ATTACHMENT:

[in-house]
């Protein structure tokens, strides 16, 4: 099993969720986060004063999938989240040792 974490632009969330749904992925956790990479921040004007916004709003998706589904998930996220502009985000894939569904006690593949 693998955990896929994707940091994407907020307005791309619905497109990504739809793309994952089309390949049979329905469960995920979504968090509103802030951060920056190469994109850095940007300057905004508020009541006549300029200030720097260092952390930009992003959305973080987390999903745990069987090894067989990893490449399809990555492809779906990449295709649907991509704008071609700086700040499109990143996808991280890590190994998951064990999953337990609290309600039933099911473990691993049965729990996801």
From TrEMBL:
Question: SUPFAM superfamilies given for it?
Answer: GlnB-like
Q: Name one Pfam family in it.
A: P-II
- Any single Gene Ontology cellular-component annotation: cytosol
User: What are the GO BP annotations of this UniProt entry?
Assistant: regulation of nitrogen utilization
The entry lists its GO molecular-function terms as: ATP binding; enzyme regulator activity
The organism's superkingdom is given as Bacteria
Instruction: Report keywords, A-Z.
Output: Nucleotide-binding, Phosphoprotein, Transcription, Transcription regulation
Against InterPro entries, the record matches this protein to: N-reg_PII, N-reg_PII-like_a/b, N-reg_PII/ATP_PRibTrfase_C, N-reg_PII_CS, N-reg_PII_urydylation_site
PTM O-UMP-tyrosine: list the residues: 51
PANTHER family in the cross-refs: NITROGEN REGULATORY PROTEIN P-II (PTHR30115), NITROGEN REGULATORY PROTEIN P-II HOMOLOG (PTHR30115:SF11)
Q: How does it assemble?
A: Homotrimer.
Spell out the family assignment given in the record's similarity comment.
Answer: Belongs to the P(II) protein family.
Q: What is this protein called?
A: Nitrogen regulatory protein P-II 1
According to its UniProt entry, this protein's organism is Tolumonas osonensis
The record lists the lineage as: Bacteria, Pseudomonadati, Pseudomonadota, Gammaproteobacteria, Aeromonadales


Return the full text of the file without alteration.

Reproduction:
[in-house]
């Protein structure tokens, strides 16, 4: 099993969720986060004063999938989240040792 974490632009969330749904992925956790990479921040004007916004709003998706589904998930996220502009985000894939569904006690593949 693998955990896929994707940091994407907020307005791309619905497109990504739809793309994952089309390949049979329905469960995920979504968090509103802030951060920056190469994109850095940007300057905004508020009541006549300029200030720097260092952390930009992003959305973080987390999903745990069987090894067989990893490449399809990555492809779906990449295709649907991509704008071609700086700040499109990143996808991280890590190994998951064990999953337990609290309600039933099911473990691993049965729990996801």
From TrEMBL:
Question: SUPFAM superfamilies given for it?
Answer: GlnB-like
Q: Name one Pfam family in it.
A: P-II
- Any single Gene Ontology cellular-component annotation: cytosol
User: What are the GO BP annotations of this UniProt entry?
Assistant: regulation of nitrogen utilization
The entry lists its GO molecular-function terms as: ATP binding; enzyme regulator activity
The organism's superkingdom is given as Bacteria
Instruction: Report keywords, A-Z.
Output: Nucleotide-binding, Phosphoprotein, Transcription, Transcription regulation
Against InterPro entries, the record matches this protein to: N-reg_PII, N-reg_PII-like_a/b, N-reg_PII/ATP_PRibTrfase_C, N-reg_PII_CS, N-reg_PII_urydylation_site
PTM O-UMP-tyrosine: list the residues: 51
PANTHER family in the cross-refs: NITROGEN REGULATORY PROTEIN P-II (PTHR30115), NITROGEN REGULATORY PROTEIN P-II HOMOLOG (PTHR30115:SF11)
Q: How does it assemble?
A: Homotrimer.
Spell out the family assignment given in the record's similarity comment.
Answer: Belongs to the P(II) protein family.
Q: What is this protein called?
A: Nitrogen regulatory protein P-II 1
According to its UniProt entry, this protein's organism is Tolumonas osonensis
The record lists the lineage as: Bacteria, Pseudomonadati, Pseudomonadota, Gammaproteobacteria, Aeromonadales